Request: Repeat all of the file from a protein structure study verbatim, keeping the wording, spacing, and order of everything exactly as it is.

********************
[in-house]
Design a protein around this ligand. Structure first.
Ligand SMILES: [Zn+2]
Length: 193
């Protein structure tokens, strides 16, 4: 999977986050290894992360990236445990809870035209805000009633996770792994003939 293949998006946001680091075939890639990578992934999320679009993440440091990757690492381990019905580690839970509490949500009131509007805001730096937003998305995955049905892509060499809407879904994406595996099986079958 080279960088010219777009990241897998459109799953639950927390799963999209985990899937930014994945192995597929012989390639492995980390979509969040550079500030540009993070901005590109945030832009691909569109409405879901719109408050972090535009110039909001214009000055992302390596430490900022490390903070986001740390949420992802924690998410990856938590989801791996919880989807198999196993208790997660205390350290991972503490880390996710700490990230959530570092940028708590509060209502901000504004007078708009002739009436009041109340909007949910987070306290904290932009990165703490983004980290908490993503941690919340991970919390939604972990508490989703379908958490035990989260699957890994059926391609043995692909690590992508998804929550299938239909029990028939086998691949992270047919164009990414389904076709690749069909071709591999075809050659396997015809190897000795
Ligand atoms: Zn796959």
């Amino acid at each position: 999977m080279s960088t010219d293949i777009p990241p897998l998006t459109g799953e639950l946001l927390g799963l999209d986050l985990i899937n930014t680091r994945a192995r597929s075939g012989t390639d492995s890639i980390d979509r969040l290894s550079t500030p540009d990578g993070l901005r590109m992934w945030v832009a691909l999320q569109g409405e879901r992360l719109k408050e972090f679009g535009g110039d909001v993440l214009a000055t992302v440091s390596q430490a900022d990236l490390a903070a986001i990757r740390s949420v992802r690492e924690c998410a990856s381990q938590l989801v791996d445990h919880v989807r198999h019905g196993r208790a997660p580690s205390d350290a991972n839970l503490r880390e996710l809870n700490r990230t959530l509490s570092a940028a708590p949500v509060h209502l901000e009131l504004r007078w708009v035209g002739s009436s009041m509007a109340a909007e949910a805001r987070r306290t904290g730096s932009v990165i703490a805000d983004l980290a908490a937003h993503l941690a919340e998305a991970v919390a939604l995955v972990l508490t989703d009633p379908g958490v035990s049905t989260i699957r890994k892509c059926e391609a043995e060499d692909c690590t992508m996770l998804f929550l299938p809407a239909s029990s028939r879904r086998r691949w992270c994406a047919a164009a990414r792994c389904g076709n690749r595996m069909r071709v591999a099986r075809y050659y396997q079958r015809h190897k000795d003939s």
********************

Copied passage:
[in-house]
Design a protein around this ligand. Structure first.
Ligand SMILES: [Zn+2]
Length: 193
């Protein structure tokens, strides 16, 4: 999977986050290894992360990236445990809870035209805000009633996770792994003939 293949998006946001680091075939890639990578992934999320679009993440440091990757690492381990019905580690839970509490949500009131509007805001730096937003998305995955049905892509060499809407879904994406595996099986079958 080279960088010219777009990241897998459109799953639950927390799963999209985990899937930014994945192995597929012989390639492995980390979509969040550079500030540009993070901005590109945030832009691909569109409405879901719109408050972090535009110039909001214009000055992302390596430490900022490390903070986001740390949420992802924690998410990856938590989801791996919880989807198999196993208790997660205390350290991972503490880390996710700490990230959530570092940028708590509060209502901000504004007078708009002739009436009041109340909007949910987070306290904290932009990165703490983004980290908490993503941690919340991970919390939604972990508490989703379908958490035990989260699957890994059926391609043995692909690590992508998804929550299938239909029990028939086998691949992270047919164009990414389904076709690749069909071709591999075809050659396997015809190897000795
Ligand atoms: Zn796959």
């Amino acid at each position: 999977m080279s960088t010219d293949i777009p990241p897998l998006t459109g799953e639950l946001l927390g799963l999209d986050l985990i899937n930014t680091r994945a192995r597929s075939g012989t390639d492995s890639i980390d979509r969040l290894s550079t500030p540009d990578g993070l901005r590109m992934w945030v832009a691909l999320q569109g409405e879901r992360l719109k408050e972090f679009g535009g110039d909001v993440l214009a000055t992302v440091s390596q430490a900022d990236l490390a903070a986001i990757r740390s949420v992802r690492e924690c998410a990856s381990q938590l989801v791996d445990h919880v989807r198999h019905g196993r208790a997660p580690s205390d350290a991972n839970l503490r880390e996710l809870n700490r990230t959530l509490s570092a940028a708590p949500v509060h209502l901000e009131l504004r007078w708009v035209g002739s009436s009041m509007a109340a909007e949910a805001r987070r306290t904290g730096s932009v990165i703490a805000d983004l980290a908490a937003h993503l941690a919340e998305a991970v919390a939604l995955v972990l508490t989703d009633p379908g958490v035990s049905t989260i699957r890994k892509c059926e391609a043995e060499d692909c690590t992508m996770l998804f929550l299938p809407a239909s029990s028939r879904r086998r691949w992270c994406a047919a164009a990414r792994c389904g076709n690749r595996m069909r071709v591999a099986r075809y050659y396997q079958r015809h190897k000795d003939s």